My Place in the Sisterhood:
One Transman’s Experience at Wellesley College By Ben Geilhufe ‘07
One of my role models passed away a few months ago. I cried within moments of reading the headline: “Transgender Pioneer and Stone Butch Blues Author Leslie Feinberg has Died.” The first time I read Stone Butch Blues, I was sitting in Wellesley’s Jewett Auditorium, waiting for Yanvalou practice to begin. I felt lonely and isolated by my trans-masculine identity. In Stone Butch Blues, I finally saw a reflection of myself in print – something that was phenomenal in the early 2000’s. People like me were not represented healthily on TV, in magazines or in newspapers. Leslie’s book became my bible.
I see people all the time say Feminism needs people like Miley Cyrus and Taylor Swift. Because they are young and famous and outspoken about being girls.
Here’s the thing that’s my problem: I’ve never ever heard a white woman say “Feminism needs black women.” The presence and contributions of black women to feminism is just not important and isn’t seen as valid critiques of either the patriarchy or feminism.
The Women of Wellesley: Beyond Cisterhood by MJ Cunniff '11 (@finishmywords)
I should not be writing this post.
I feel obligated to start with that acknowledgment, how much I am not qualified to speak on this topic: because I was AFAB (assigned female at birth) I can’t speak to the experiences of trans* women. But that’s the entire point – because trans women are being excluded from admission to women’s colleges, they are also being excluded from the conversations taking place about the changing role of womanhood. At least the ones we’re having: on alum discussion boards, on campus, in the advisory boards being formed out of existing members of the Wellesley community.
What conversation about womanhood are we having where the experiences of men – certain types of men, any men – are centered over the experiences of any women?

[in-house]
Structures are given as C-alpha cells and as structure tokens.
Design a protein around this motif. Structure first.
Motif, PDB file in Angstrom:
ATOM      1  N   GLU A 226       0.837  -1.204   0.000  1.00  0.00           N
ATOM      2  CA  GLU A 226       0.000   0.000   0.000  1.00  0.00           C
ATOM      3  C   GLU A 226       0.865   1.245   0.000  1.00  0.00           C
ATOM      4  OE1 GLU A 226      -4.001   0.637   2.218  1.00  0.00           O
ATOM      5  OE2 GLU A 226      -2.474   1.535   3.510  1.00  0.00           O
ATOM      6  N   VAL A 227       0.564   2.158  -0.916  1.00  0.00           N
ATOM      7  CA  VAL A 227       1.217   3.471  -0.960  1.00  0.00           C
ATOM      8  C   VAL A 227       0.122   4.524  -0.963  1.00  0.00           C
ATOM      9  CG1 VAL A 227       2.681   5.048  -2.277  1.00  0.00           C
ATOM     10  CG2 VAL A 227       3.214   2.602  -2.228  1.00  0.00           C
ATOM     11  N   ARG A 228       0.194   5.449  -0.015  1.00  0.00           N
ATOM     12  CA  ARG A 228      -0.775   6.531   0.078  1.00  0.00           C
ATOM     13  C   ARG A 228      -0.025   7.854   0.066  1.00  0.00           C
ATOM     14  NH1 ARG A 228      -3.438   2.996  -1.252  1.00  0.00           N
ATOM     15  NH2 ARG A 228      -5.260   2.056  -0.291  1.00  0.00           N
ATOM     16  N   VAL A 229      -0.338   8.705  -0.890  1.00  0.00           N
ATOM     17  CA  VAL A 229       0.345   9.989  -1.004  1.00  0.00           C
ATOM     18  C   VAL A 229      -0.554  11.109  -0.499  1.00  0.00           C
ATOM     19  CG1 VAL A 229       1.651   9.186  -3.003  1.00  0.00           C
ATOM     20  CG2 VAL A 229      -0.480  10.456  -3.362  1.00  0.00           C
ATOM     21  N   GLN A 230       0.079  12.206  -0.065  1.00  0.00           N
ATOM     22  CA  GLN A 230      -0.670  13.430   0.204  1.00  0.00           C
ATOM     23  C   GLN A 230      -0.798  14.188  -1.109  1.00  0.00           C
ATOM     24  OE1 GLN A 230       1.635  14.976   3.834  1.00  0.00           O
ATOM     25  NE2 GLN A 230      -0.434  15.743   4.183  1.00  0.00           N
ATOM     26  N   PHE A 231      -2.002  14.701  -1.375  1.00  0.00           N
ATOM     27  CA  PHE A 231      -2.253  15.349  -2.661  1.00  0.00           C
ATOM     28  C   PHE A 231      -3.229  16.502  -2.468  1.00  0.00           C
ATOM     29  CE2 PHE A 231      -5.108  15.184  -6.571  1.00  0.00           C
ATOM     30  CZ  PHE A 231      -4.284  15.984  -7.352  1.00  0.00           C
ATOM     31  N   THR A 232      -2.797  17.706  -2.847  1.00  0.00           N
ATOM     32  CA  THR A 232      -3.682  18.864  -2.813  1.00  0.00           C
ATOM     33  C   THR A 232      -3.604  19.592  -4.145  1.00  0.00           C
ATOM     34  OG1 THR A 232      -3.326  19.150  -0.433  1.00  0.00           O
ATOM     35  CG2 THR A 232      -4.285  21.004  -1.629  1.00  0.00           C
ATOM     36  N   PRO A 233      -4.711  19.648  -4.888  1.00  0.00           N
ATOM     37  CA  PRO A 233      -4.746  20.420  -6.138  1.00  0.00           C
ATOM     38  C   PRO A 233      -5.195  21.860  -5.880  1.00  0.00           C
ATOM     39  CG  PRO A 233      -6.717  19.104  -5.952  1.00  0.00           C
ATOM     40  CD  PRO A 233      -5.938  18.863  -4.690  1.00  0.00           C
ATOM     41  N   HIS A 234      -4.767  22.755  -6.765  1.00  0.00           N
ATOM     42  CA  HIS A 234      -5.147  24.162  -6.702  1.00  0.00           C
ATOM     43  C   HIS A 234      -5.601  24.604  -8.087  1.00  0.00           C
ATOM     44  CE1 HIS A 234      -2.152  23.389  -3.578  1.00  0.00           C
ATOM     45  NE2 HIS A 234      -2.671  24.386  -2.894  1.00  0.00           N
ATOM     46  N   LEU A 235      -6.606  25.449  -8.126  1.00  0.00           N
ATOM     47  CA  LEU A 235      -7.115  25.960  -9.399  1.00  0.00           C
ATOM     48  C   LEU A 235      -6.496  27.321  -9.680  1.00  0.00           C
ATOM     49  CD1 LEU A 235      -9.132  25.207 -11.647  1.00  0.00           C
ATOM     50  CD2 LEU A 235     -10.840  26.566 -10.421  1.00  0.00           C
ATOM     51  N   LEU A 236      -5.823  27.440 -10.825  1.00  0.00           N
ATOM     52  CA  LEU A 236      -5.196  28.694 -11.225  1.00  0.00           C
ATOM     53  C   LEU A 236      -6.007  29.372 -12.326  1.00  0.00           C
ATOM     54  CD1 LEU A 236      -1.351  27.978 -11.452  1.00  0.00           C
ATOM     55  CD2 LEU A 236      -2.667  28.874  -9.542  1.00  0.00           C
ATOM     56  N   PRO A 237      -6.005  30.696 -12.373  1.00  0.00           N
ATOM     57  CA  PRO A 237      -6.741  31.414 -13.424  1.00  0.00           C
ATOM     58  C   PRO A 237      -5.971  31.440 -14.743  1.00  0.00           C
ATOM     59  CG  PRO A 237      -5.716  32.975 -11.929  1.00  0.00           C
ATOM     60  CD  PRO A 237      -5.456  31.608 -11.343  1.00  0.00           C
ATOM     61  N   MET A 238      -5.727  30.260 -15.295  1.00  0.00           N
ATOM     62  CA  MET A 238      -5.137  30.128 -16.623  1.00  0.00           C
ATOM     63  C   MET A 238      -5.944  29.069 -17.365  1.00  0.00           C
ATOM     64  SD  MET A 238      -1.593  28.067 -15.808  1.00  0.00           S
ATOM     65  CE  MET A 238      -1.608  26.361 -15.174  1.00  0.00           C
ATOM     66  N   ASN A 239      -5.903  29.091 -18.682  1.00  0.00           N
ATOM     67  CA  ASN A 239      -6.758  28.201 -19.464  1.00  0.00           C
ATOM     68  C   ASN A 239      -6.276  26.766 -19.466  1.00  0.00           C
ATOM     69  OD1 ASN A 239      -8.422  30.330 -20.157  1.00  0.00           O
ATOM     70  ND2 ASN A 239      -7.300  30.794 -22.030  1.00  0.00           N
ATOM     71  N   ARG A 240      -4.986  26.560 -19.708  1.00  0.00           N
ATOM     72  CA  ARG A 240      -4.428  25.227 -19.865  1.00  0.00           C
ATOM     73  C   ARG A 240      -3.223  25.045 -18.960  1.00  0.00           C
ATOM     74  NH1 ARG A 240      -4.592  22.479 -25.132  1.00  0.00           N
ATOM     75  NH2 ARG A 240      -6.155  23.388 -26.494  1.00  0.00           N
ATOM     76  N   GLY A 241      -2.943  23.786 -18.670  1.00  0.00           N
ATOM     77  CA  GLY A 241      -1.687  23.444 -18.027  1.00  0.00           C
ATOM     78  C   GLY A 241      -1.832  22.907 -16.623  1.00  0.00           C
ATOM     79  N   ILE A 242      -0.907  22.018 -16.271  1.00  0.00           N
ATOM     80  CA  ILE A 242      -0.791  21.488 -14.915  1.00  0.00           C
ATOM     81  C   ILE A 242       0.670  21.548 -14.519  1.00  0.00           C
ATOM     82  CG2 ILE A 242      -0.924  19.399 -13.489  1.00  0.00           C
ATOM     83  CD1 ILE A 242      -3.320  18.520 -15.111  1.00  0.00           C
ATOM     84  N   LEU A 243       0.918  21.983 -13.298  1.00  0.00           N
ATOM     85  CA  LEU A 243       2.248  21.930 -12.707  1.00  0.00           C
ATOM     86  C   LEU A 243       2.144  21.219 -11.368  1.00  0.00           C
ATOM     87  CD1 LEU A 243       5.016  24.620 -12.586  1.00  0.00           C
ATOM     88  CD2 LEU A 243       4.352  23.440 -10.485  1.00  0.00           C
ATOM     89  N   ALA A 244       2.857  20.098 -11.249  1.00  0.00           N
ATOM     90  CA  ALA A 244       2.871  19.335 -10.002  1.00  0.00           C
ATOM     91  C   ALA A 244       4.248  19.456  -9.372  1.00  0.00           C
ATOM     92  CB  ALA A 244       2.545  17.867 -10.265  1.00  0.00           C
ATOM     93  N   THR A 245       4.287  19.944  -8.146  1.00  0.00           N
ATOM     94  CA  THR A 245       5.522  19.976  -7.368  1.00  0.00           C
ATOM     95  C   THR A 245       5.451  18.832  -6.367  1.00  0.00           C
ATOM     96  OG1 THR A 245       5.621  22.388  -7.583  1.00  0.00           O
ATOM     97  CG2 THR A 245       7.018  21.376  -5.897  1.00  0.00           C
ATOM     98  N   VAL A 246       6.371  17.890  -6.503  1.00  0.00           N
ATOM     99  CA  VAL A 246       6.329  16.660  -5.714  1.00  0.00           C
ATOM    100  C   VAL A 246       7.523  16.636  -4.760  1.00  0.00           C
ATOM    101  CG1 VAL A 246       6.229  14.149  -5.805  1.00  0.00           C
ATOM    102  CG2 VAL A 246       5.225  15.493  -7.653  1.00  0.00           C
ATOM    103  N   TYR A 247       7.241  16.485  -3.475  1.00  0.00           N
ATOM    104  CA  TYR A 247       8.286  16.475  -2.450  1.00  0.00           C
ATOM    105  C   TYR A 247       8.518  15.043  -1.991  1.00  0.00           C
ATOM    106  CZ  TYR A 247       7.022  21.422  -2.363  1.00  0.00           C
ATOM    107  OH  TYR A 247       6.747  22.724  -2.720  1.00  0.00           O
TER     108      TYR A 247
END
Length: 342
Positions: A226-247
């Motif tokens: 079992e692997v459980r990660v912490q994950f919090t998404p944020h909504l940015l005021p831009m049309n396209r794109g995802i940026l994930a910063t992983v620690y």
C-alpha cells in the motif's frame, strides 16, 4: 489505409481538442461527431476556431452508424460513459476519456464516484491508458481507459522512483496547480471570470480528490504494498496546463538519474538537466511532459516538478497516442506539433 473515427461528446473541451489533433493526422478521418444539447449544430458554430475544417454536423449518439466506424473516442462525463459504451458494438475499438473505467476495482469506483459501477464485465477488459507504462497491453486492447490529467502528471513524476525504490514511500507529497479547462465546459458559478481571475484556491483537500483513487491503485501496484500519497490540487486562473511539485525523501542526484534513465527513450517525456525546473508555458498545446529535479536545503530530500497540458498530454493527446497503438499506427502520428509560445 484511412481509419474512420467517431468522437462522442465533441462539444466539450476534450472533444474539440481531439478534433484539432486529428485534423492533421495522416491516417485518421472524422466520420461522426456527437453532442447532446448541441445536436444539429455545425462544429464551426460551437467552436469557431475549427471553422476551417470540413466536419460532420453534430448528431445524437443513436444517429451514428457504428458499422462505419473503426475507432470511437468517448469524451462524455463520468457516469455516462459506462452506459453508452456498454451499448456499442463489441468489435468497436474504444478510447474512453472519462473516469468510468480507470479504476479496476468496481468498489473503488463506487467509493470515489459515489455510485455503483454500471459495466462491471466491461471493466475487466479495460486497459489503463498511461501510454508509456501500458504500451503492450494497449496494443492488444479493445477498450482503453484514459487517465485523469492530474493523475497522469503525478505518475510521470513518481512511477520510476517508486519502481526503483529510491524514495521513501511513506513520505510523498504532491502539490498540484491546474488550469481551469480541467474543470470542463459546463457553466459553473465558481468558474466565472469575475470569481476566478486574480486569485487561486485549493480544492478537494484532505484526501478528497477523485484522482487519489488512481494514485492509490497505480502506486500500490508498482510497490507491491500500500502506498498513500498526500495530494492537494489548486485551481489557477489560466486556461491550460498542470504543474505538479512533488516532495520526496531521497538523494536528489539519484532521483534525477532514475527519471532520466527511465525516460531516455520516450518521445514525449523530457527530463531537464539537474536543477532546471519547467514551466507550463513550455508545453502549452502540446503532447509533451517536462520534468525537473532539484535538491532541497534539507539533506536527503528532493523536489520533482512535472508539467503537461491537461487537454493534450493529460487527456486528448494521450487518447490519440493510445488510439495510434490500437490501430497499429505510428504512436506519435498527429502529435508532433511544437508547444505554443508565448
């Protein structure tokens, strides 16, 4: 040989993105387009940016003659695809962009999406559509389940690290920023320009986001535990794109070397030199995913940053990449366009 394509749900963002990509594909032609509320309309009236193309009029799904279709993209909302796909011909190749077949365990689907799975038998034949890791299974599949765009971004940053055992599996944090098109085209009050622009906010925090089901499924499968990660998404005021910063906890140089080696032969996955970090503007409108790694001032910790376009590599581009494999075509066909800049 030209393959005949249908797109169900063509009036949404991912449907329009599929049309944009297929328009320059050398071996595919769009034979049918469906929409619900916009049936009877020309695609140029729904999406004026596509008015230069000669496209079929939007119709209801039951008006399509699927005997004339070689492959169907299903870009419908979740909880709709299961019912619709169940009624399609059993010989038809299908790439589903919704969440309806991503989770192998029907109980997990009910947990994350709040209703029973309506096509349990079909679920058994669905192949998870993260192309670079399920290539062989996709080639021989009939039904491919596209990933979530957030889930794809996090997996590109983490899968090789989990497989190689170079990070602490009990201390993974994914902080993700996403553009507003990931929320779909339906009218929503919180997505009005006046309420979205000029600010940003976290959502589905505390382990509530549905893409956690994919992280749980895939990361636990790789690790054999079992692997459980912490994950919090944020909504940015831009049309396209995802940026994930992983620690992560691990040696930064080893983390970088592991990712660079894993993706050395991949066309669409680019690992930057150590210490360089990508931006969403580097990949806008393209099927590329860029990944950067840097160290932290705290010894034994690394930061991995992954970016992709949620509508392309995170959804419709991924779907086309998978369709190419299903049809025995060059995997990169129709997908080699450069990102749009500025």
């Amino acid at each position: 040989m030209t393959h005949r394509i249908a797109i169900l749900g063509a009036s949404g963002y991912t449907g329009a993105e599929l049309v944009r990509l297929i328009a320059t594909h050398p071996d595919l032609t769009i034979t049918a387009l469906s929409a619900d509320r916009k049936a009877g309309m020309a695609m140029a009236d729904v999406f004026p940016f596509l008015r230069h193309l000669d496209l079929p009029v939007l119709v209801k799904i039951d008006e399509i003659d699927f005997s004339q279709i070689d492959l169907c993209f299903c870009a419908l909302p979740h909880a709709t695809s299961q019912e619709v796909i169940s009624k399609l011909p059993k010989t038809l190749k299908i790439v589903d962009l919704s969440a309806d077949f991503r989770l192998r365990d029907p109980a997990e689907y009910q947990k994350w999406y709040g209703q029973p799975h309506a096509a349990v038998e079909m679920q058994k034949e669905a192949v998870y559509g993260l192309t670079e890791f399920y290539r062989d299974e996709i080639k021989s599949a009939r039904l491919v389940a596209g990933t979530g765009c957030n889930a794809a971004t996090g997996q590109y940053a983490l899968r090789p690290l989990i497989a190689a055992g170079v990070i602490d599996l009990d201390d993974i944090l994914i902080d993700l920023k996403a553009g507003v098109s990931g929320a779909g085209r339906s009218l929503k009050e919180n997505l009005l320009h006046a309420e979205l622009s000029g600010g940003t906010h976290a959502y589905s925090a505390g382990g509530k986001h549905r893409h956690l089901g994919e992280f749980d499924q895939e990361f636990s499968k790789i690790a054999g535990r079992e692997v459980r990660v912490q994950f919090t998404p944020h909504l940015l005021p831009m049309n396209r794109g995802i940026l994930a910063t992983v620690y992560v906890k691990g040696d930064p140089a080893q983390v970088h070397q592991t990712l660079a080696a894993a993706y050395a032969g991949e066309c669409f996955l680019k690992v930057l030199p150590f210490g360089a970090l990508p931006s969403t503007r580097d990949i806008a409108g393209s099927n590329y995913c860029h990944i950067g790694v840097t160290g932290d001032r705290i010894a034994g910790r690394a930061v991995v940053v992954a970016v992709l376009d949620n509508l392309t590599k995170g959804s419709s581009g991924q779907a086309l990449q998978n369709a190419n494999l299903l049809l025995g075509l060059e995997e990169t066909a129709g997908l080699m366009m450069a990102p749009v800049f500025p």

The recent NYT article does mention trans women, points out Mills’ and Mount Holyoke’s recent (groundbreaking, though maybe flawed) admissions changes, and does admit that on the surface the idea of trans women attending a women’s college is “arguably,” she writes, much more immediately fitting. But this occurs at the end of the article, and there’s no sense of urgency to it: instead we fade back onto an image of students singing brotherhood as well as sisterhood and siblinghood at graduation, a cacophony of individual relationships to gender and to the mission of our alma mater. That end scene is so touching that we almost might forget to consider whose voices are still missing.
And this is something we forget again and again, because it’s too easy to justify focusing on the Wellesley students and alums that are already there: regardless of the details of initial admissions policy, there will always be students who enter Wellesley identifying as women and leave identifying as men, and those students and alums deserve respect. (I want to clarify before I get any further that it would be ridiculous and inhumane to demand someone transfer colleges for questioning or changing their gender identity.) And it’s certainly a more tempting journalistic focus, since the “men of Wellesley” have OneCards and student government positions and can pose on the cover of a magazine. It’s easy to explore how they fit in at Wellesley, how they feel marginalized or decentered; it’s much more difficult to get snappy pull quotes from the people who aren’t even marginalized in our community because they’ve been excluded from it in its entirety.
But this is the vicious cycle: by privileging the perspectives of Wellesley students and alums, we’re inherently privileging the experiences of AFAB people – cis women or trans men – because they’re the only people who get to (openly) attend women’s colleges. We propose a vision of universal sisterhood that includes siblinghood and brotherhood but doesn’t make room for our actual sisters.